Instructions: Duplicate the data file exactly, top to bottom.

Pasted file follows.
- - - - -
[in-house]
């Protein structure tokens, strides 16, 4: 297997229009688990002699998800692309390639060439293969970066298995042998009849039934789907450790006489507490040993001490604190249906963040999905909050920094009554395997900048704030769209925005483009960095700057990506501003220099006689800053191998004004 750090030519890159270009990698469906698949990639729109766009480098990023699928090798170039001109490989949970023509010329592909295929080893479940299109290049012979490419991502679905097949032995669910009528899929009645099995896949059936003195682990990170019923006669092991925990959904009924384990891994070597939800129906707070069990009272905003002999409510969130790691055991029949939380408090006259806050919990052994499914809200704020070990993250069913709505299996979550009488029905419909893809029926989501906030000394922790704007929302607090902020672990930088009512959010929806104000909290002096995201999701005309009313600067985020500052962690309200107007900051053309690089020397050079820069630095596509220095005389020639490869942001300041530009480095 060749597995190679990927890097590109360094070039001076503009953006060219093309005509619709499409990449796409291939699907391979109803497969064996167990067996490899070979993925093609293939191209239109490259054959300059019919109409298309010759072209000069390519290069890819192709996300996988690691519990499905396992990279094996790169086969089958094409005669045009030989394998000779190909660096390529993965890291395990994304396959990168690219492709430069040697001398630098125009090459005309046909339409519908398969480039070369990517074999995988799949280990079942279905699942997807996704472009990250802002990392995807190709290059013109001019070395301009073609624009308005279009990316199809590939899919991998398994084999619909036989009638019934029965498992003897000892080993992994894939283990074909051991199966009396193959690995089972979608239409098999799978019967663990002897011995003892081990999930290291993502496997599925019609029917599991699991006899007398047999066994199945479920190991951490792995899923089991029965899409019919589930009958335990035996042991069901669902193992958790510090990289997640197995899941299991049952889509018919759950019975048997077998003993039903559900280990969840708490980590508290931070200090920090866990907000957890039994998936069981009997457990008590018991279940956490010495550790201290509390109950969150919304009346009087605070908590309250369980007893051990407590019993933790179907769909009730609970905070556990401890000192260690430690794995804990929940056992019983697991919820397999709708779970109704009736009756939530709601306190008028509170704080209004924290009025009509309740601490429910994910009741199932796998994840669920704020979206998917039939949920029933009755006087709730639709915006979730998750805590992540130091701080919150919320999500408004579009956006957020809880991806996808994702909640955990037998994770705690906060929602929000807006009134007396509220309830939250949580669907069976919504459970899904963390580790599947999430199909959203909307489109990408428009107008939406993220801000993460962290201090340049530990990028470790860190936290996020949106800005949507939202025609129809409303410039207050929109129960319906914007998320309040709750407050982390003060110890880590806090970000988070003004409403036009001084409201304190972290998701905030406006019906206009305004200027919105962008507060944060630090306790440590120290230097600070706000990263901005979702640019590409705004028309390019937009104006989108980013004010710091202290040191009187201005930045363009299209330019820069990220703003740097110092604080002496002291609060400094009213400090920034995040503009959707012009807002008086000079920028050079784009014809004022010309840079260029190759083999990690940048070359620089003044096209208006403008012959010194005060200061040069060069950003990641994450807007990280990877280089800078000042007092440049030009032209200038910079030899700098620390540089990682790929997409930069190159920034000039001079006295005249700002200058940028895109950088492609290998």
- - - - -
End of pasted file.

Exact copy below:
[in-house]
């Protein structure tokens, strides 16, 4: 297997229009688990002699998800692309390639060439293969970066298995042998009849039934789907450790006489507490040993001490604190249906963040999905909050920094009554395997900048704030769209925005483009960095700057990506501003220099006689800053191998004004 750090030519890159270009990698469906698949990639729109766009480098990023699928090798170039001109490989949970023509010329592909295929080893479940299109290049012979490419991502679905097949032995669910009528899929009645099995896949059936003195682990990170019923006669092991925990959904009924384990891994070597939800129906707070069990009272905003002999409510969130790691055991029949939380408090006259806050919990052994499914809200704020070990993250069913709505299996979550009488029905419909893809029926989501906030000394922790704007929302607090902020672990930088009512959010929806104000909290002096995201999701005309009313600067985020500052962690309200107007900051053309690089020397050079820069630095596509220095005389020639490869942001300041530009480095 060749597995190679990927890097590109360094070039001076503009953006060219093309005509619709499409990449796409291939699907391979109803497969064996167990067996490899070979993925093609293939191209239109490259054959300059019919109409298309010759072209000069390519290069890819192709996300996988690691519990499905396992990279094996790169086969089958094409005669045009030989394998000779190909660096390529993965890291395990994304396959990168690219492709430069040697001398630098125009090459005309046909339409519908398969480039070369990517074999995988799949280990079942279905699942997807996704472009990250802002990392995807190709290059013109001019070395301009073609624009308005279009990316199809590939899919991998398994084999619909036989009638019934029965498992003897000892080993992994894939283990074909051991199966009396193959690995089972979608239409098999799978019967663990002897011995003892081990999930290291993502496997599925019609029917599991699991006899007398047999066994199945479920190991951490792995899923089991029965899409019919589930009958335990035996042991069901669902193992958790510090990289997640197995899941299991049952889509018919759950019975048997077998003993039903559900280990969840708490980590508290931070200090920090866990907000957890039994998936069981009997457990008590018991279940956490010495550790201290509390109950969150919304009346009087605070908590309250369980007893051990407590019993933790179907769909009730609970905070556990401890000192260690430690794995804990929940056992019983697991919820397999709708779970109704009736009756939530709601306190008028509170704080209004924290009025009509309740601490429910994910009741199932796998994840669920704020979206998917039939949920029933009755006087709730639709915006979730998750805590992540130091701080919150919320999500408004579009956006957020809880991806996808994702909640955990037998994770705690906060929602929000807006009134007396509220309830939250949580669907069976919504459970899904963390580790599947999430199909959203909307489109990408428009107008939406993220801000993460962290201090340049530990990028470790860190936290996020949106800005949507939202025609129809409303410039207050929109129960319906914007998320309040709750407050982390003060110890880590806090970000988070003004409403036009001084409201304190972290998701905030406006019906206009305004200027919105962008507060944060630090306790440590120290230097600070706000990263901005979702640019590409705004028309390019937009104006989108980013004010710091202290040191009187201005930045363009299209330019820069990220703003740097110092604080002496002291609060400094009213400090920034995040503009959707012009807002008086000079920028050079784009014809004022010309840079260029190759083999990690940048070359620089003044096209208006403008012959010194005060200061040069060069950003990641994450807007990280990877280089800078000042007092440049030009032209200038910079030899700098620390540089990682790929997409930069190159920034000039001079006295005249700002200058940028895109950088492609290998």